Review of The Invisible Hiker

Please use this sub-forum to discuss any non-fiction books such as autobiographies or political commentary books.
Forum rules
Authors and publishers are not able to post replies in the review topics.
Post Reply
User avatar
Christieee
Posts: 488
Joined: 14 Jun 2020, 17:37
Currently Reading: Lingering Poets
Bookshelf Size: 159
Reviewer Page: onlinebookclub.org/reviews/by-christieee.html
Latest Review: Mr. Prosecutor by Terry jones

Review of The Invisible Hiker

Post by Christieee »

[Following is an official OnlineBookClub.org review of "The Invisible Hiker" by Kira Harland.]
Book Cover
3 out of 4 stars
Share This Review


Sometimes people have invisible pain and go through things that nobody else can see. We can choose to let our pain hinder us, or we can push forward while acknowledging them; this is the overarching lesson of Kira’s story in The Invisible Hiker. Kira gets inspiration from her father to hike the JMT (John Muir Trail) and immediately informs him of her plan. Owing to a budding relationship, she also invites Melissa, her cousin. Just before the hike, Kira suffers from a stomach parasite in Guatemala, which exacerbates her already bad IBS (Irritable Bowel Syndrome).

Despite the bad news, Kira decides to move ahead with the hike. She thinks that being out in nature will cure her of the IBS. What she soon finds out is how wrong she is! While on the hike, Kira gets so many IBS flare-ups that cause her intense abdominal pain, make her take countless toilet breaks, and ruin her mood. Kira soon starts to think that she might not be able to make it to the end of the trail. Does she have what it takes to surmount her issues and achieve her goal of finishing the hike?

My favorite part of this book is that Kira Harland, the author, does not include any false motivation. She does not play the condescending heroine that grits her teeth to “just do it.” Kira struggles with IBS and constant worry over having to quit what she wanted to achieve; she tries to savor each moment despite her pain. I loved that Kira showed that it's okay to be human. I appreciated the author’s easygoing tone because it was void of false bravado and toxic positivity. Readers who want a relatable read will enjoy this aspect of The Invisible Hiker. Readers who enjoy tales of real-life adventures will like this book as well.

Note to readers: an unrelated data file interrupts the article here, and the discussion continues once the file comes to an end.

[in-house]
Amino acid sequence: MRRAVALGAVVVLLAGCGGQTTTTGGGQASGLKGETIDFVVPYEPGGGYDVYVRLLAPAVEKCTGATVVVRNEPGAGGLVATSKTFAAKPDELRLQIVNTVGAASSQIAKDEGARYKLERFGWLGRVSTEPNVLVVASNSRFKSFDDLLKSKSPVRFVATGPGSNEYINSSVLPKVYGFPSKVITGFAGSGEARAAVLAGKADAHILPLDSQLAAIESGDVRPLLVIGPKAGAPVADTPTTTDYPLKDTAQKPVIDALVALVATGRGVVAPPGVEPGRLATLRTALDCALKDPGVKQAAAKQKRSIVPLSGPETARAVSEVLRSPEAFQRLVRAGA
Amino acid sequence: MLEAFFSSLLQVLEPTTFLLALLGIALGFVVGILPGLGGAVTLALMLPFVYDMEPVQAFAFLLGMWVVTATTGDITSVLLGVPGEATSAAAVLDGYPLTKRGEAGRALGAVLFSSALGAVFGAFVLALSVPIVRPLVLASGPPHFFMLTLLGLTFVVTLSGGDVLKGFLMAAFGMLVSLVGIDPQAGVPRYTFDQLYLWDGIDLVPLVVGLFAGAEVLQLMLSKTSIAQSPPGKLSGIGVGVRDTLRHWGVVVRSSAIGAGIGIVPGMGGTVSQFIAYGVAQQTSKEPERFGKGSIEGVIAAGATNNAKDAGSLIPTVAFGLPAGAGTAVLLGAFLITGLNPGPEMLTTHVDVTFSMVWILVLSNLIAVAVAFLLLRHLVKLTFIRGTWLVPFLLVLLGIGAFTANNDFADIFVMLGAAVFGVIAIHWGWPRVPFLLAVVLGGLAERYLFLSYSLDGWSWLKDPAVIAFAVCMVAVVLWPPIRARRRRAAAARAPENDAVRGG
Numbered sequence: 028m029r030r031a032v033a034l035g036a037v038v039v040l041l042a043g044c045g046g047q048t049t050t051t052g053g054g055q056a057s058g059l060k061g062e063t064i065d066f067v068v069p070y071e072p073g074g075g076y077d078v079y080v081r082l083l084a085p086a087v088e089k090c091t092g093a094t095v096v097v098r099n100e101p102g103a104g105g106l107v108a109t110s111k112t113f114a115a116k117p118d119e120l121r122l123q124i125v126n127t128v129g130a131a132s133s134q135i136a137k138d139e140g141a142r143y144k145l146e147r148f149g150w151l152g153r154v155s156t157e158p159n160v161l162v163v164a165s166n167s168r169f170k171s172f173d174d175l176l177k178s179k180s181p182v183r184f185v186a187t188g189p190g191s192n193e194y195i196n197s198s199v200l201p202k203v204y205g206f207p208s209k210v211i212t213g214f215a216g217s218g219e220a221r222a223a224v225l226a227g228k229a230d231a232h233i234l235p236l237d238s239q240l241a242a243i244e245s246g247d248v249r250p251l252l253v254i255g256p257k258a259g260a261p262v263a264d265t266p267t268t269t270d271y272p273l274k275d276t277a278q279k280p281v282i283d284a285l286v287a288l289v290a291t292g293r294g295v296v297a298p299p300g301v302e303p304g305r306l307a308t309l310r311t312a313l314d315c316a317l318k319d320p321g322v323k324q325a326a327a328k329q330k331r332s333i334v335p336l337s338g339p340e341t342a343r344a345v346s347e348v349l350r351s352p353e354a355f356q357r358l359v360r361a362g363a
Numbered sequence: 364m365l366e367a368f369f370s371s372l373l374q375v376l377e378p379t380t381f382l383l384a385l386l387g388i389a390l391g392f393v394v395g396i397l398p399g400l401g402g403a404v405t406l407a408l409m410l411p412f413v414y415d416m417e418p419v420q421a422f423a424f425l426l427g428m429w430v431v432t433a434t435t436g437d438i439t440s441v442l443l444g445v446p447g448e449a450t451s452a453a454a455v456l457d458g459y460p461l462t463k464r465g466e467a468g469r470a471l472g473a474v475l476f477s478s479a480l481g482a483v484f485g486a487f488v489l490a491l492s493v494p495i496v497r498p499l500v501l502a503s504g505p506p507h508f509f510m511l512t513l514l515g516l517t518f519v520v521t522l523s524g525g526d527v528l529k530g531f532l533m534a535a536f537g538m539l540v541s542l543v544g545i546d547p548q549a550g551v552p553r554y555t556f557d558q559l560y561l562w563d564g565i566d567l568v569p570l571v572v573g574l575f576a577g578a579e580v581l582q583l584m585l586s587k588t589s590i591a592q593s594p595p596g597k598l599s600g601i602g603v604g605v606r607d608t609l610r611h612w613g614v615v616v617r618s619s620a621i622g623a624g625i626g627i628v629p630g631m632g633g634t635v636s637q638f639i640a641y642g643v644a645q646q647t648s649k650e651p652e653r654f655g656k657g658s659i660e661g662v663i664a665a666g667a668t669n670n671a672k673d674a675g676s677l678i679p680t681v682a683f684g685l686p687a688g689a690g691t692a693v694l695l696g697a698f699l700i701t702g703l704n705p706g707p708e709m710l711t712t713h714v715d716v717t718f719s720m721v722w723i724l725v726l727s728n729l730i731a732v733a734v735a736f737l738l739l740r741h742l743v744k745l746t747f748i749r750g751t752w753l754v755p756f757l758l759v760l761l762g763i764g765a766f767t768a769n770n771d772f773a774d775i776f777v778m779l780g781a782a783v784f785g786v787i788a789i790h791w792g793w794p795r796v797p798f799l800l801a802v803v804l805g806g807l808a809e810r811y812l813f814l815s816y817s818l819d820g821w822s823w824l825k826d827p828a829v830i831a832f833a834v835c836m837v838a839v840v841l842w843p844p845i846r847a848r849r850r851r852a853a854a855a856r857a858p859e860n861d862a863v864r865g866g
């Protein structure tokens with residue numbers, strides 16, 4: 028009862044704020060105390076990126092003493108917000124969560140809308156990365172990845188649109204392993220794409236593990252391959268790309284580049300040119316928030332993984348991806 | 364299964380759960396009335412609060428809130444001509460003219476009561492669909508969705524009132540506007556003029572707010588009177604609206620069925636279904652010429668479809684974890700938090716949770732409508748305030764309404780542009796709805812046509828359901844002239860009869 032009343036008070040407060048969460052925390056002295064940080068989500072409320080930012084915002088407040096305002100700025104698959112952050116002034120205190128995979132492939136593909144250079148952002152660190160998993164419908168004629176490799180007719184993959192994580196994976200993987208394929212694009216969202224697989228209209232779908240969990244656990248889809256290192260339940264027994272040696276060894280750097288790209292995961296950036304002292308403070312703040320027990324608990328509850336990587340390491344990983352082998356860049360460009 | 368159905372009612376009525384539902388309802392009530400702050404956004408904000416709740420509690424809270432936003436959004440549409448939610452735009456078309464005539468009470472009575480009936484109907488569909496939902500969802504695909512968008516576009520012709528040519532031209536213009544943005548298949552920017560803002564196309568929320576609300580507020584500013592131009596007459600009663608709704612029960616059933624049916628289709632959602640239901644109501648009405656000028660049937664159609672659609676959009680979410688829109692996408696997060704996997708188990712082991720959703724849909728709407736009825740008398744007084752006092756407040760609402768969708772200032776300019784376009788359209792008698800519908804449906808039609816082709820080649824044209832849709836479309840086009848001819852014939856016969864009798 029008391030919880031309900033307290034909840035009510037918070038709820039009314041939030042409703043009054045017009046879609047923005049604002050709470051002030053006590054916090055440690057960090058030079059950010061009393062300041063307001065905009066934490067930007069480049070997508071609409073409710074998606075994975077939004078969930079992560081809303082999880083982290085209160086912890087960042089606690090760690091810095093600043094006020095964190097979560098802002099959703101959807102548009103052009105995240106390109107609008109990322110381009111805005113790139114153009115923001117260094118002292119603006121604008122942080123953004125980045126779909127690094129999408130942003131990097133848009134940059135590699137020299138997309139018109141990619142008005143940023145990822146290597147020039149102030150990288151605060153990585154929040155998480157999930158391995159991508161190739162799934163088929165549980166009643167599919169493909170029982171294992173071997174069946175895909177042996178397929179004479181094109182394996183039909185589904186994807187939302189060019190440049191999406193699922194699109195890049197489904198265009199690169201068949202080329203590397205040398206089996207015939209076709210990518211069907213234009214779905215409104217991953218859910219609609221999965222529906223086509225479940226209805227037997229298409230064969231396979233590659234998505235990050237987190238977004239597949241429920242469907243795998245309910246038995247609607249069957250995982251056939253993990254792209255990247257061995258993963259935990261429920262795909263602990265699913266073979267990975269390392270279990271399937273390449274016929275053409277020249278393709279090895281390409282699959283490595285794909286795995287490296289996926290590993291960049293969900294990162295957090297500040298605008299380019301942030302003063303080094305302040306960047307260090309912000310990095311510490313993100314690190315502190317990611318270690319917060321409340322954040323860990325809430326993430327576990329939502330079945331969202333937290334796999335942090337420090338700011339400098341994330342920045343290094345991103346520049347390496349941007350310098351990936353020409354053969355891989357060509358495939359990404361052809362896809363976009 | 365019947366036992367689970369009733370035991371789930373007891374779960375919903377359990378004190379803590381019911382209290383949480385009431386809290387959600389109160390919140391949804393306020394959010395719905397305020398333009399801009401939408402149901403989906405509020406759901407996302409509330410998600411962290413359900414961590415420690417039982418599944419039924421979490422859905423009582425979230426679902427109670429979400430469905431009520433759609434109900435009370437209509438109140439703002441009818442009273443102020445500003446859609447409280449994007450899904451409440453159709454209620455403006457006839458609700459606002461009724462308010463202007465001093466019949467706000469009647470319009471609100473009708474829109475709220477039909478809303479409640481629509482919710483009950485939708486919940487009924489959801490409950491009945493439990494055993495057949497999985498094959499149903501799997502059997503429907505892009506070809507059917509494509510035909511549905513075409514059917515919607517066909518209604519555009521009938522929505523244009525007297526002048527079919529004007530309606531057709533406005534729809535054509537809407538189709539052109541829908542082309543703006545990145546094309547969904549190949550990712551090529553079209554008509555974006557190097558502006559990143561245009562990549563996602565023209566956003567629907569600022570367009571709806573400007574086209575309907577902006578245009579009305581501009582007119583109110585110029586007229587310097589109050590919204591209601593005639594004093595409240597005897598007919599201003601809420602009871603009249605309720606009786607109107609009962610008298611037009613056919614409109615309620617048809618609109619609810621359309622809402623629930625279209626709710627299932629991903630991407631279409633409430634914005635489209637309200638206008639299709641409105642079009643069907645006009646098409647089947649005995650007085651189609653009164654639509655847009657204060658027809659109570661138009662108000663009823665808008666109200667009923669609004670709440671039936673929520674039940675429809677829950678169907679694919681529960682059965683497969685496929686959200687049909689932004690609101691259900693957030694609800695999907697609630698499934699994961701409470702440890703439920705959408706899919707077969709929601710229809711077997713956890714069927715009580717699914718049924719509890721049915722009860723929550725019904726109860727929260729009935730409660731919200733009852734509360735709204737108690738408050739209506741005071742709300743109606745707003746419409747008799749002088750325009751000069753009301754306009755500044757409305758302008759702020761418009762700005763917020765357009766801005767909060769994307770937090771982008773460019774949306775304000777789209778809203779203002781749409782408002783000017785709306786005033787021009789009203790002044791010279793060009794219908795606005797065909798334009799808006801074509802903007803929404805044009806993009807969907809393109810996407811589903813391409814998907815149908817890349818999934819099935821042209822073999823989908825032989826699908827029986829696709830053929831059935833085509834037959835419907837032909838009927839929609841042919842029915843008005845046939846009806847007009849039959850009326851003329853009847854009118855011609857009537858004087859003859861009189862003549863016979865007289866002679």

The author wrote in journal entries. But instead of her writing seeming overly personal and like actual journal entries, she used a first-person narrative style and occasional dialogue. I appreciated this expert editing decision because it allows readers to experience the hike more vividly without sifting through what would have been a personal diary that may not have made much of an impact. The dialogues allowed me to envision scenes between Kira, Melissa, John, and other characters without any hassle. There was no mind-blowing thrill, but some scenes left my heart in my mouth, especially where John slips and almost drowns!

I enjoyed the easy flow of this book and the profound lesson of living in the moment despite any pain or discomfort. But I must say that the book tended to drone on. The hikers did not do many memorable things, nor were they in intense danger that would have had me glued to the book. Instead, Kira narrated a lot of her IBS episodes. Consequently, she explicitly narrated scenes of herself pooping, which I considered too much information. While pooping is a natural phenomenon, I soon got bored with having to read about it so many times. John and Melissa also have their journal entries, but they have no distinct voices. Because of the book’s repetitiveness in this regard and the lack of thrill, I have to rate it 3 out of 4. I removed no other stars because everything else is on point.

******
The Invisible Hiker
View: on Bookshelves
Peace10
Posts: 234
Joined: 27 Apr 2022, 10:22
Currently Reading:
Bookshelf Size: 27
Reviewer Page: onlinebookclub.org/reviews/by-peace10.html
Latest Review: The Parrot's Perch by Karen Keilt

Post by Peace10 »

I love the storyline of this story. It’s okay to be human. It’s okay to feel pains. It’s okay to go through challenges. Your mindset determines it all.
User avatar
Amy Luman
Posts: 1960
Joined: 29 Mar 2021, 14:05
Currently Reading: The Lost Identity Casualties
Bookshelf Size: 580
Reviewer Page: onlinebookclub.org/reviews/by-amy-luman.html
Latest Review: Shadow: The Moonracer Chronicles by T. August Green
Reading Device: B00JG8GOWU

Post by Amy Luman »

I truly appreciate Kira's determination. I'm trying to do more of the "enjoying every moment" and less of the "grit your teeth", but it's harder than you think.
Richard Azubike
Posts: 209
Joined: 10 Mar 2022, 02:20
Currently Reading:
Bookshelf Size: 23
Reviewer Page: onlinebookclub.org/reviews/by-richard-azubike.html
Latest Review: WatchDogs Abnormal Beginnings by Mike L Junior

Post by Richard Azubike »

Human beings go through a lot of challenges and we must not insult people because of their current situation.
User avatar
Uwe Neufeld
Posts: 260
Joined: 29 Dec 2021, 11:58
Favorite Author: Aleksandr Solzhenitsyn
Favorite Book: Treasure Island
Currently Reading: The Maestro Monologue
Bookshelf Size: 38
Reviewer Page: onlinebookclub.org/reviews/by-uwe-neufeld.html
Latest Review: Living in Color by Mike Murphy
fav_author_id: 3039
2022 Reading Goal: 20
2022 Goal Completion: 110%

Post by Uwe Neufeld »

I would like to know where the hiking took place. Although it seems a somewhat boring read, the title and also the cover are quite appealing.
Post Reply

Return to “Non-Fiction Books”